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IL Moratorium on Utility Shutoffs Ends, Natural Gas Prices Spike

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As the state moratorium on utility shut-offs ends, utility companies are set to start disconnecting residents who've been unable to pay their bills. (Valmedia/Adobe Stock)
As the state moratorium on utility shut-offs ends, utility companies are set to start disconnecting residents who've been unable to pay their bills. (Valmedia/Adobe Stock)
 By Lily Bohlke - Producer, Contact
April 1, 2021

CHICAGO -- As a state moratorium on utility shutoffs comes to an end, more than 800,000 customers in Illinois are behind on their utility bills and potentially subject to having their service cut off.

Consumer advocates urged residents to contact their utility companies as soon as possible, to find out what payment options and assistance are available, through the utilities themselves or the Low-Income Home Energy Assistance Program.

Jim Chilsen, director of communications for the Citizens Utility Board, said the moratorium ending doesn't mean everyone immediately gets shut off; rather, the utility companies are sending out disconnection notices, starting with customers who are most in arrears.

"The last thing anyone needs in the middle of a pandemic is to lose your electricity or heat," Chilsen acknowledged. "And we also have a message for utility companies: This is a time to be good corporate citizens, and to do everything they can to keep their customers connected."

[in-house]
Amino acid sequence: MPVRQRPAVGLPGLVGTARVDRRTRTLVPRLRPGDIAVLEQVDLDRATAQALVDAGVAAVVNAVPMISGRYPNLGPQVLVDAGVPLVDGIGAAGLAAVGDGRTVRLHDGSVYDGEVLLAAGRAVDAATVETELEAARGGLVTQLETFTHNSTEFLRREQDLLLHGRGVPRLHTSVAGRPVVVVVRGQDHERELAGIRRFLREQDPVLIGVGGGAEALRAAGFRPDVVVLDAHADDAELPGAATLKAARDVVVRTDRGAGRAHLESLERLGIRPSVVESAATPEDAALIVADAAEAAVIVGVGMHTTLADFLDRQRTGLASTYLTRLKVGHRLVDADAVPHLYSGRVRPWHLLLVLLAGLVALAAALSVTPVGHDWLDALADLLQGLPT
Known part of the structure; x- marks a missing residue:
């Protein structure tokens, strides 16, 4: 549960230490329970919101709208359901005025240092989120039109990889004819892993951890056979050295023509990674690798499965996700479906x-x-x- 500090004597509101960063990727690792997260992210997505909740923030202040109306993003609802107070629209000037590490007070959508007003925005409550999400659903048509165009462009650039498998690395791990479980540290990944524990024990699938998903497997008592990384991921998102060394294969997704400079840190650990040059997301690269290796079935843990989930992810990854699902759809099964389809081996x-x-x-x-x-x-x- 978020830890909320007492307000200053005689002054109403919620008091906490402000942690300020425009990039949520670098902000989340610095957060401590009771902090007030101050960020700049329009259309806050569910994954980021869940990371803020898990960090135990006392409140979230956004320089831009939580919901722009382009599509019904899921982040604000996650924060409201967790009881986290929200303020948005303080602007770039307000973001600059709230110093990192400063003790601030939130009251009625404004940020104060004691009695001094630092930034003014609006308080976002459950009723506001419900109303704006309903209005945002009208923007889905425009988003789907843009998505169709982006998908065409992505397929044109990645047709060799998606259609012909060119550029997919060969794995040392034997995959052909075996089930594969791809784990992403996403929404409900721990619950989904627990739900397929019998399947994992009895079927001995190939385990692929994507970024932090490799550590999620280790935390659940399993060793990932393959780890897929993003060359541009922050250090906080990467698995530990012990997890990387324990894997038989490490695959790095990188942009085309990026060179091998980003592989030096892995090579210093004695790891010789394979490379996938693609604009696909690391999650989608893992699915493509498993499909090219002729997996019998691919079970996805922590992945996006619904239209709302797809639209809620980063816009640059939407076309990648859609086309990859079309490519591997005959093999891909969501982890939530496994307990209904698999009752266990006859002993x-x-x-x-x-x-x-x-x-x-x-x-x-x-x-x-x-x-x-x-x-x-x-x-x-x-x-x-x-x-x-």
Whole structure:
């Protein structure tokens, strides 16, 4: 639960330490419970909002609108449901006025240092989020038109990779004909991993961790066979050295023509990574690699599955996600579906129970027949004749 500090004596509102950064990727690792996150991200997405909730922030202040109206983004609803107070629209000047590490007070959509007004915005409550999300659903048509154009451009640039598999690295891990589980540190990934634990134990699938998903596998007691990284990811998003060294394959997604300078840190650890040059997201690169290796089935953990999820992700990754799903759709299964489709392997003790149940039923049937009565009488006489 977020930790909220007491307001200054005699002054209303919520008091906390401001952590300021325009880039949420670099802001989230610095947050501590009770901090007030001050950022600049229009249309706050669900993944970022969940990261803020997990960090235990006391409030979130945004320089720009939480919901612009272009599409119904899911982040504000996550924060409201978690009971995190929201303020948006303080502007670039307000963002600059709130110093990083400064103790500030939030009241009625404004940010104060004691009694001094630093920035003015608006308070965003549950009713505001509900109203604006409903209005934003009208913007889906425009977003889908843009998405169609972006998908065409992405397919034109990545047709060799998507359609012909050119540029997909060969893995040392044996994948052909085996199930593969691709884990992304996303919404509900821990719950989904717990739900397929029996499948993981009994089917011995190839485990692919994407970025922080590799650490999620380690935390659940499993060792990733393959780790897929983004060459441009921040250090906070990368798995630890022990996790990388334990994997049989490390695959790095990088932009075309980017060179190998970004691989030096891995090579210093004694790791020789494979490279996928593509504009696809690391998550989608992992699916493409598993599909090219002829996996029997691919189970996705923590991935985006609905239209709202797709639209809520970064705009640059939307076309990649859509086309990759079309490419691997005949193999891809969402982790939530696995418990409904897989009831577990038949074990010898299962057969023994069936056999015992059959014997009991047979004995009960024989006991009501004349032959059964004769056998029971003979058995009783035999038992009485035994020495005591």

Customers in Black and Hispanic ZIP codes are four times more likely to be disconnected for non-payment, according to a report from the National Bureau of Economic Research.

Chilsen noted people earning up to 300% of the federal poverty level will be protected from disconnection until June 30. For a family of four, that's a bit less than $80,000 a year.

Several major Illinois utilities are also increasing residential natural-gas prices this month, ranging from 35% to nearly 70%.

Chilsen explained it's because of unprecedented cold in February and limited supply, after wellheads and gas pipes froze across the southern United States.

"The cheapest therm of natural gas is the therm of natural gas that you don't waste," Chilsen emphasized. "So we're telling people, absolutely practice energy efficiency at home to control your costs during this month."

He added utility companies don't make increased profit off of the price hike; it's the producers and marketers who supply gas to the utilities.

And he pointed out the Federal Energy Regulatory Commission is
investigating possible market manipulation after the Texas power grid failure.

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